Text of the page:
In the Matter of JOHN E. RUSSELL, a Member of the State Bar
Original proceeding in disbarment under "State Bar Act" and upon record filed in Supreme Court by Board of Governors of State Bar of Arizona. Respondent disbarred.
(No appearance for State Bar.)
Mr. John E. Russell, Respondent, in propria persona.
[57 Ariz. 396] McALISTER, J.
Two complaints against John E. Russell, of Prescott, Arizona, accusing him of unprofessional conduct as a member of the bar of this state, were filed with administrative committee No. 2 of the state bar, the first one in July, 1939, by the Islay Investment, Incorporated, a Michigan corporation, through its president, Donald J. Campbell, of that state, and the second in February, 1940, by the Yavapai Gold and Silver Mining Company, an Arizona corporation, through its president, Thomas Turner, Jr., of Los Angeles, California.
These complaints were heard by the administrative committee and respondent was present and testified; the proceedings were reported by a stenographer and a transcript of his notes is a part of the files. A majority of the committee held respondent guilty of reprehensible and unethical conduct on four of the six charges contained in the two complaints and recommended suspension. A complete record of these proceedings, together with the committee's recommendations, [57 Ariz. 397] were lodged with the board of governors of the state bar, as required by section 32-335, Arizona Code of 1939, and that body, without taking additional evidence and following respondent's failure to reply to the charges or appear before the board, either in person or by attorney, after being notified of the hearing, sent to this court the complete record with a recommendation of disbarment.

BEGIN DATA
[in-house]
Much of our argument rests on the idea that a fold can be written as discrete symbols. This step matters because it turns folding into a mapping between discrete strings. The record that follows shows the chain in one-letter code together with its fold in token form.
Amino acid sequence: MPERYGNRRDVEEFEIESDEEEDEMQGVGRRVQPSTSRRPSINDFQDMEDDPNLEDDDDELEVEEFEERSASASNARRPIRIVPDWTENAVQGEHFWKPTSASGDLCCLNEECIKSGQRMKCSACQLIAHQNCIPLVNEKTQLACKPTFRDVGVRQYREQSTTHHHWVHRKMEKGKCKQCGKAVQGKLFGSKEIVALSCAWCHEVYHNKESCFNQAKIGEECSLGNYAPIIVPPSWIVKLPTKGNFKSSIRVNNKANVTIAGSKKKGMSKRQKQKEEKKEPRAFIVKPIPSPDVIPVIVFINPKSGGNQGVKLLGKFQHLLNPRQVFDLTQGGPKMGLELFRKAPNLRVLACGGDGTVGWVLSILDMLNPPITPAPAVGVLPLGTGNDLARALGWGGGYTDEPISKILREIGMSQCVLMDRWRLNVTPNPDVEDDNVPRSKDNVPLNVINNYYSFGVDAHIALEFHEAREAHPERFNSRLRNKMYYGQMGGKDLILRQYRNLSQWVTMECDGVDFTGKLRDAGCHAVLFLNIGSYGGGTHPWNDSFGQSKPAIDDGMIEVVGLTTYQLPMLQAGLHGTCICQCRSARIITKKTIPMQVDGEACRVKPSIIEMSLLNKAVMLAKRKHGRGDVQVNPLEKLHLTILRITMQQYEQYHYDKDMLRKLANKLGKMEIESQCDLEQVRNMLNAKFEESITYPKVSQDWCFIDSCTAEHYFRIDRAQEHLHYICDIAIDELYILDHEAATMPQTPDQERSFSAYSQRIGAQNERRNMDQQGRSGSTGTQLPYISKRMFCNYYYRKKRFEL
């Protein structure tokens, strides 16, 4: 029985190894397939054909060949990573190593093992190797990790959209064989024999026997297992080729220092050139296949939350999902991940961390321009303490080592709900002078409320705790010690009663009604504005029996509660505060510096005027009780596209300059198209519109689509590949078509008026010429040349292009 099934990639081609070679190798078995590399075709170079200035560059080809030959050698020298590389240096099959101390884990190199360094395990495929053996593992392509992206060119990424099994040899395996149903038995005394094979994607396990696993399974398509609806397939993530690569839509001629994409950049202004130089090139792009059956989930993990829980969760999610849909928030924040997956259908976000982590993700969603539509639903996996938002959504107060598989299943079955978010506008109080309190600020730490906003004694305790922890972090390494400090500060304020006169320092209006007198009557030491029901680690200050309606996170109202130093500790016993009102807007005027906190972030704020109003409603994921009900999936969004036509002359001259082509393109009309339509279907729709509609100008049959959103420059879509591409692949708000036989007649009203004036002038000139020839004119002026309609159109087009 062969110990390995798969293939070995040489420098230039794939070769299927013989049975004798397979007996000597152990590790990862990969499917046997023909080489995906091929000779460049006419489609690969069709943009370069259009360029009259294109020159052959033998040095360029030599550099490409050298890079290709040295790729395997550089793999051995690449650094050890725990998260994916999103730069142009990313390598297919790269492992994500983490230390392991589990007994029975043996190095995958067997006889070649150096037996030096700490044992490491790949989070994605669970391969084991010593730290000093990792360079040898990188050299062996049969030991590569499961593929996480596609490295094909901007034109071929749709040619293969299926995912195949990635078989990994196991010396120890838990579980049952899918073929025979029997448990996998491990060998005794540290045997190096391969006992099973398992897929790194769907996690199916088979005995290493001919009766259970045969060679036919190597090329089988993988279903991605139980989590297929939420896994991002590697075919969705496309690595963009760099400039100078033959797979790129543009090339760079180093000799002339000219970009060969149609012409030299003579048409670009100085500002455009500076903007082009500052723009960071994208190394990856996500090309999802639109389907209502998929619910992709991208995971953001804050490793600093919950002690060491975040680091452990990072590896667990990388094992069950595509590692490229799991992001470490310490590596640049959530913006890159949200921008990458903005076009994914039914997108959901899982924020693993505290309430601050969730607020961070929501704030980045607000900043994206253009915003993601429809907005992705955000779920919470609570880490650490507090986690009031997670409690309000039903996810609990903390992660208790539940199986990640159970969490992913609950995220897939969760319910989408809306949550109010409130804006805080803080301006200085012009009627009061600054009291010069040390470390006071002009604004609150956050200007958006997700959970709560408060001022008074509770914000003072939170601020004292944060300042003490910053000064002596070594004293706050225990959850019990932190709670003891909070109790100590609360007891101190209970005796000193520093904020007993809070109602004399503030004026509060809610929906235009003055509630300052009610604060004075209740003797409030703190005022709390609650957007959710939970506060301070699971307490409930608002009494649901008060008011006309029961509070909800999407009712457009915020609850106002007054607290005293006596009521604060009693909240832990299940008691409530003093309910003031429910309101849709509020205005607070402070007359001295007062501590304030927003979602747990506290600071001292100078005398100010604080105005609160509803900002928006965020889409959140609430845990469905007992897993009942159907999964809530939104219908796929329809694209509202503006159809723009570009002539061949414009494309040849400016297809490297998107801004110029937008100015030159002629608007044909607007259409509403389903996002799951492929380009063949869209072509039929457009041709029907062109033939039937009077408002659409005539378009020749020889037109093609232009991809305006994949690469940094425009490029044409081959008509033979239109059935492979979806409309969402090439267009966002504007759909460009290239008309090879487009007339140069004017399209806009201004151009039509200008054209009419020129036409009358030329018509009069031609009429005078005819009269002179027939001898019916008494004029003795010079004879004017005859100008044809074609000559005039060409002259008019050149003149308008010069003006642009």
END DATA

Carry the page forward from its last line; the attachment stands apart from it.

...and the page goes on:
The complaint of the Islay Investment, Incorporated, is in three counts and the substance of the first is that on March 18, 1938, respondent, after having represented to its president, Donald J. Campbell, that he had an interest in twelve mining claims situated in the Hassayampa mining district of Yavapai county, Arizona, and also that he had power of attorney from their owner, George T. Scholey, executed a contract for their sale to the Islay Investment, Incorporated, for $15,000 and accepted a check for $2,500 from the purchaser, $1,113 of which was in payment of the first installment of this contract, when he was not the attorney in fact for Scholey, had no interest in the claims and no authority from Scholey to agree to sell them; that only six of the claims were owned by George T. Scholey, the others being
the property of Ed Scholey, of Jerome, Arizona, from whom respondent had no authority whatever to sell; that the execution of the contract of sale was not confirmed or approved by either of the Scholeys and, as a consequence, the Islay Investment, Incorporated, acquired no right to purchase the claims and was defrauded by respondent of $1,113 which he received and still retains.
The allegations of the second count of this complaint are identical with those of the first, except that they refer to the execution by respondent on the same day of a contract for the sale by him to the same purchaser for $19,000 of four claims located also in the Hassayampa [57 Ariz. 398] mining district but belonging to one William Giese and to the further fact that the first payment thereon was $1,387. However, no evidence was introduced in support of this count and the administrative committee recommended its dismissal. It is mentioned only in explanation of the check for $2,500 which was given respondent in payment of the first installment under both contracts, that portion of it intended to satisfy the first payment on the Scholey claims being, according to the averments, retained by him.